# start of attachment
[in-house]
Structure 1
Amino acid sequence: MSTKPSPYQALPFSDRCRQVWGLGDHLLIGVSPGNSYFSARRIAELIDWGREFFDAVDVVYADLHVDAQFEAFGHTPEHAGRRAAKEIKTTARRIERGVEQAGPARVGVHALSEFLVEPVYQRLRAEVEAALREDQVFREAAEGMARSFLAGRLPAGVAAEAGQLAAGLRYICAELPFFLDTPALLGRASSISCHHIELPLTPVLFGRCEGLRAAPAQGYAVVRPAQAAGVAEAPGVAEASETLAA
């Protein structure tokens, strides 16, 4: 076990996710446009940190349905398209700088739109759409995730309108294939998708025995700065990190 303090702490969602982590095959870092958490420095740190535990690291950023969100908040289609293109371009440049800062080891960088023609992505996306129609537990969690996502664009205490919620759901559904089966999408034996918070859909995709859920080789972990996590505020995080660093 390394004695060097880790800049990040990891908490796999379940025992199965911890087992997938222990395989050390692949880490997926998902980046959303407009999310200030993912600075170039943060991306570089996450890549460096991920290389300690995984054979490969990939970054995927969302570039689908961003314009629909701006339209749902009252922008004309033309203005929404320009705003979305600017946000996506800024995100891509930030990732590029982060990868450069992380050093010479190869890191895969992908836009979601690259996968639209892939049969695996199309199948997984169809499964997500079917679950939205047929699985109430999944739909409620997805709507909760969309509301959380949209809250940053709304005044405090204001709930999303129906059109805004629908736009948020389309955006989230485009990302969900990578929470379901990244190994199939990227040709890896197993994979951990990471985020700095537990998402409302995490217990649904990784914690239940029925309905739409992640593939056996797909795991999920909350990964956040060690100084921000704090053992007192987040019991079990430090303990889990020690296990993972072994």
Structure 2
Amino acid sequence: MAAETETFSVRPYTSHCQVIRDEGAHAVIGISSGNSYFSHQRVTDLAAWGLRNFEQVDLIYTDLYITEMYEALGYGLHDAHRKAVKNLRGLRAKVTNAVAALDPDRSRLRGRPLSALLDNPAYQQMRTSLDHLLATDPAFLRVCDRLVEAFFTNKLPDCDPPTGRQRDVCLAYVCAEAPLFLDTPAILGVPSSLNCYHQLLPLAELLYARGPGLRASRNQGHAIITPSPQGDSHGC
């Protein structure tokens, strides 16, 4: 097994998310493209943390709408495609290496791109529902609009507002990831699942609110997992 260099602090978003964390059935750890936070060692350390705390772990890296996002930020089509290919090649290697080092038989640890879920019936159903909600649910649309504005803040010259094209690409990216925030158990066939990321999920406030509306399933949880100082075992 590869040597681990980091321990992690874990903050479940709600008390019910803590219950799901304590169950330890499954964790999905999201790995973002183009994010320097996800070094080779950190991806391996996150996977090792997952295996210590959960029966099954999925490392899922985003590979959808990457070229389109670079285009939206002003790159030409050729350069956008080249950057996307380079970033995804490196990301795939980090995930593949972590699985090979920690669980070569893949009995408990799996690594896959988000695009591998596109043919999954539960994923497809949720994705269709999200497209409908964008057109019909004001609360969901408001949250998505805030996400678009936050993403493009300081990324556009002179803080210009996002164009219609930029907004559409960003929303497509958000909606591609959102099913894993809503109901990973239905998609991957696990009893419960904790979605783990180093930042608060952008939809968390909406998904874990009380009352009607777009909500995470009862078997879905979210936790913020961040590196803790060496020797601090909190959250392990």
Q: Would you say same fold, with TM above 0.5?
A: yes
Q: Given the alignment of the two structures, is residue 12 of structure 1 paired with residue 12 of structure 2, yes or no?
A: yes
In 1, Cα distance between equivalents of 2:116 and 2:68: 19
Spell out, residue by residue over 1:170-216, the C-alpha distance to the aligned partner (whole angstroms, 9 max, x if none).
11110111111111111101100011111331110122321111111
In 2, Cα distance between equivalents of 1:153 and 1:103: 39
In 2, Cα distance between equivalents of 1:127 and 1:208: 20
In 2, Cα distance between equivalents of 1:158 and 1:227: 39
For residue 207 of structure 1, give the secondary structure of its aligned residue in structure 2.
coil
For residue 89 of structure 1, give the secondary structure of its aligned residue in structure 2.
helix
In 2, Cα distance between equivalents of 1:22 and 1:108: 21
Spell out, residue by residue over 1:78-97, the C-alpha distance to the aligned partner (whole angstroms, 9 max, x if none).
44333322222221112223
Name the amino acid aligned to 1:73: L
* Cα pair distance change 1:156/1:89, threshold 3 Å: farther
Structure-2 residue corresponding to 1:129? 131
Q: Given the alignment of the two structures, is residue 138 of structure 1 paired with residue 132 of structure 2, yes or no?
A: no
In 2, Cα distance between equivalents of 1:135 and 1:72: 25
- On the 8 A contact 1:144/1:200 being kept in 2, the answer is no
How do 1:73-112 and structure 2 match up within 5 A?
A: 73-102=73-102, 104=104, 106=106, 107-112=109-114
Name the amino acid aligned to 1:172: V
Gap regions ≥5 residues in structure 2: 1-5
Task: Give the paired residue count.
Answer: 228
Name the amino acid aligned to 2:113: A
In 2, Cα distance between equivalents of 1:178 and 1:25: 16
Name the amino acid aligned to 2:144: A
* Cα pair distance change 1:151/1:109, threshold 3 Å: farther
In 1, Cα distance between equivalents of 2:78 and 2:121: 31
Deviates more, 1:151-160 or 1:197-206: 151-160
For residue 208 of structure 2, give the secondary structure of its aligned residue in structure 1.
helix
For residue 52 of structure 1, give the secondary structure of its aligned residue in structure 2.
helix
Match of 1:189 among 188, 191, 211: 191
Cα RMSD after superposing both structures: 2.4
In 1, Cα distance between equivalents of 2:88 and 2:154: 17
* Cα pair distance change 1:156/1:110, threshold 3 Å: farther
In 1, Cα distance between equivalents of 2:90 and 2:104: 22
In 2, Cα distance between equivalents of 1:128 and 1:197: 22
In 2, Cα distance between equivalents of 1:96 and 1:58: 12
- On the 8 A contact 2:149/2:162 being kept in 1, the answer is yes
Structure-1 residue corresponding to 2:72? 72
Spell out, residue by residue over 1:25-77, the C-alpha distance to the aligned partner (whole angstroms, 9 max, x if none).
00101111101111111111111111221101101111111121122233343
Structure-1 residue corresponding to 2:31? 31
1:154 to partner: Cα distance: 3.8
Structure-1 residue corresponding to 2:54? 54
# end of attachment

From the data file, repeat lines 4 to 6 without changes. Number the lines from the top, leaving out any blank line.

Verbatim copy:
């Protein structure tokens, strides 16, 4: 076990996710446009940190349905398209700088739109759409995730309108294939998708025995700065990190 303090702490969602982590095959870092958490420095740190535990690291950023969100908040289609293109371009440049800062080891960088023609992505996306129609537990969690996502664009205490919620759901559904089966999408034996918070859909995709859920080789972990996590505020995080660093 390394004695060097880790800049990040990891908490796999379940025992199965911890087992997938222990395989050390692949880490997926998902980046959303407009999310200030993912600075170039943060991306570089996450890549460096991920290389300690995984054979490969990939970054995927969302570039689908961003314009629909701006339209749902009252922008004309033309203005929404320009705003979305600017946000996506800024995100891509930030990732590029982060990868450069992380050093010479190869890191895969992908836009979601690259996968639209892939049969695996199309199948997984169809499964997500079917679950939205047929699985109430999944739909409620997805709507909760969309509301959380949209809250940053709304005044405090204001709930999303129906059109805004629908736009948020389309955006989230485009990302969900990578929470379901990244190994199939990227040709890896197993994979951990990471985020700095537990998402409302995490217990649904990784914690239940029925309905739409992640593939056996797909795991999920909350990964956040060690100084921000704090053992007192987040019991079990430090303990889990020690296990993972072994």
Structure 2
Amino acid sequence: MAAETETFSVRPYTSHCQVIRDEGAHAVIGISSGNSYFSHQRVTDLAAWGLRNFEQVDLIYTDLYITEMYEALGYGLHDAHRKAVKNLRGLRAKVTNAVAALDPDRSRLRGRPLSALLDNPAYQQMRTSLDHLLATDPAFLRVCDRLVEAFFTNKLPDCDPPTGRQRDVCLAYVCAEAPLFLDTPAILGVPSSLNCYHQLLPLAELLYARGPGLRASRNQGHAIITPSPQGDSHGC